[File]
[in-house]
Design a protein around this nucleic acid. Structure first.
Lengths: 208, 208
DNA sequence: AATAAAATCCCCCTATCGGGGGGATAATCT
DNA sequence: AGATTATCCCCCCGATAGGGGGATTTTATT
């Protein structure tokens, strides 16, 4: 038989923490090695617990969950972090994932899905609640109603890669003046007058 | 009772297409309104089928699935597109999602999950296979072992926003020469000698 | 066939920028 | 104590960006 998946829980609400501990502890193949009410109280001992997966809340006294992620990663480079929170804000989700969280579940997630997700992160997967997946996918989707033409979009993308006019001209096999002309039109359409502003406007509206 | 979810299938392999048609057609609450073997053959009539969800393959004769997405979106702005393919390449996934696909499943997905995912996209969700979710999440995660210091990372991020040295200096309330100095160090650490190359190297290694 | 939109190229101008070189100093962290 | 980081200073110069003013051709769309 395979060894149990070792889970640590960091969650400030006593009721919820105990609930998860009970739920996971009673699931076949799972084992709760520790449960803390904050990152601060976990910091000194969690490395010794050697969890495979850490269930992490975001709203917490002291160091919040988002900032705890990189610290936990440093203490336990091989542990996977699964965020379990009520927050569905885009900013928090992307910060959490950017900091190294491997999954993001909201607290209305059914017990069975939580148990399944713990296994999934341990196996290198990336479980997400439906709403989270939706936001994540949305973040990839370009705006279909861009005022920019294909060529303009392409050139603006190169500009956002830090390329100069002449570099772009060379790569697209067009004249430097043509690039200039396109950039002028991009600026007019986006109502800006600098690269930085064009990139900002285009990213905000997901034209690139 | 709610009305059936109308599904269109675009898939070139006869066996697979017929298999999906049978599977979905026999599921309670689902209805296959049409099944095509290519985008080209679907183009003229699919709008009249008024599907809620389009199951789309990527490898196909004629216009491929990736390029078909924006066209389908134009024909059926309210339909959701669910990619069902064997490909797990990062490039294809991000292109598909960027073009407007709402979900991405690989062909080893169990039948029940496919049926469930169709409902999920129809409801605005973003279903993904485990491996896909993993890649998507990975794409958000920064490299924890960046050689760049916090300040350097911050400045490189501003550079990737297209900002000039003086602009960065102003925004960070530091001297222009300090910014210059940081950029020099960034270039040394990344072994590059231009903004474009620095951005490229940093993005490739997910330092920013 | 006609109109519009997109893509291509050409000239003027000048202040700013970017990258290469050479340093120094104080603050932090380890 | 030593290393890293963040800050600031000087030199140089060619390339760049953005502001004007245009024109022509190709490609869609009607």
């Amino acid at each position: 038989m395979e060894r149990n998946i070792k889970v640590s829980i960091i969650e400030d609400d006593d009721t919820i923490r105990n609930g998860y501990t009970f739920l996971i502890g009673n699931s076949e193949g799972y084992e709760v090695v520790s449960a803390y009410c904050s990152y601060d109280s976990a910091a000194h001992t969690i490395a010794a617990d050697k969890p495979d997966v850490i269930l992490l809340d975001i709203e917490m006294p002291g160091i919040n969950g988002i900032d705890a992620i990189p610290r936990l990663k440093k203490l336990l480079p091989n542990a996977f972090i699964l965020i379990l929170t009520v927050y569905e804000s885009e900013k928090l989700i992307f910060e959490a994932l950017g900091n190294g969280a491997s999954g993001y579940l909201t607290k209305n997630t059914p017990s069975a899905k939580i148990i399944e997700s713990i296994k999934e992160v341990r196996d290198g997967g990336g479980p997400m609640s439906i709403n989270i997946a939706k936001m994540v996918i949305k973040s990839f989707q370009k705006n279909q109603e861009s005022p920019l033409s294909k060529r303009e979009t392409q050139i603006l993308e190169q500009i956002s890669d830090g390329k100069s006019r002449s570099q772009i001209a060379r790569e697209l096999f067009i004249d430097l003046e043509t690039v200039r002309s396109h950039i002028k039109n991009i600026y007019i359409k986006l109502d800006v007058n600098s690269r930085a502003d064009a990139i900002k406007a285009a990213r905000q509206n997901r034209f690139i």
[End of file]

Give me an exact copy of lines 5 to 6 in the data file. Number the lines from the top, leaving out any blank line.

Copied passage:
DNA sequence: AGATTATCCCCCCGATAGGGGGATTTTATT
């Protein structure tokens, strides 16, 4: 038989923490090695617990969950972090994932899905609640109603890669003046007058 | 009772297409309104089928699935597109999602999950296979072992926003020469000698 | 066939920028 | 104590960006 998946829980609400501990502890193949009410109280001992997966809340006294992620990663480079929170804000989700969280579940997630997700992160997967997946996918989707033409979009993308006019001209096999002309039109359409502003406007509206 | 979810299938392999048609057609609450073997053959009539969800393959004769997405979106702005393919390449996934696909499943997905995912996209969700979710999440995660210091990372991020040295200096309330100095160090650490190359190297290694 | 939109190229101008070189100093962290 | 980081200073110069003013051709769309 395979060894149990070792889970640590960091969650400030006593009721919820105990609930998860009970739920996971009673699931076949799972084992709760520790449960803390904050990152601060976990910091000194969690490395010794050697969890495979850490269930992490975001709203917490002291160091919040988002900032705890990189610290936990440093203490336990091989542990996977699964965020379990009520927050569905885009900013928090992307910060959490950017900091190294491997999954993001909201607290209305059914017990069975939580148990399944713990296994999934341990196996290198990336479980997400439906709403989270939706936001994540949305973040990839370009705006279909861009005022920019294909060529303009392409050139603006190169500009956002830090390329100069002449570099772009060379790569697209067009004249430097043509690039200039396109950039002028991009600026007019986006109502800006600098690269930085064009990139900002285009990213905000997901034209690139 | 709610009305059936109308599904269109675009898939070139006869066996697979017929298999999906049978599977979905026999599921309670689902209805296959049409099944095509290519985008080209679907183009003229699919709008009249008024599907809620389009199951789309990527490898196909004629216009491929990736390029078909924006066209389908134009024909059926309210339909959701669910990619069902064997490909797990990062490039294809991000292109598909960027073009407007709402979900991405690989062909080893169990039948029940496919049926469930169709409902999920129809409801605005973003279903993904485990491996896909993993890649998507990975794409958000920064490299924890960046050689760049916090300040350097911050400045490189501003550079990737297209900002000039003086602009960065102003925004960070530091001297222009300090910014210059940081950029020099960034270039040394990344072994590059231009903004474009620095951005490229940093993005490739997910330092920013 | 006609109109519009997109893509291509050409000239003027000048202040700013970017990258290469050479340093120094104080603050932090380890 | 030593290393890293963040800050600031000087030199140089060619390339760049953005502001004007245009024109022509190709490609869609009607």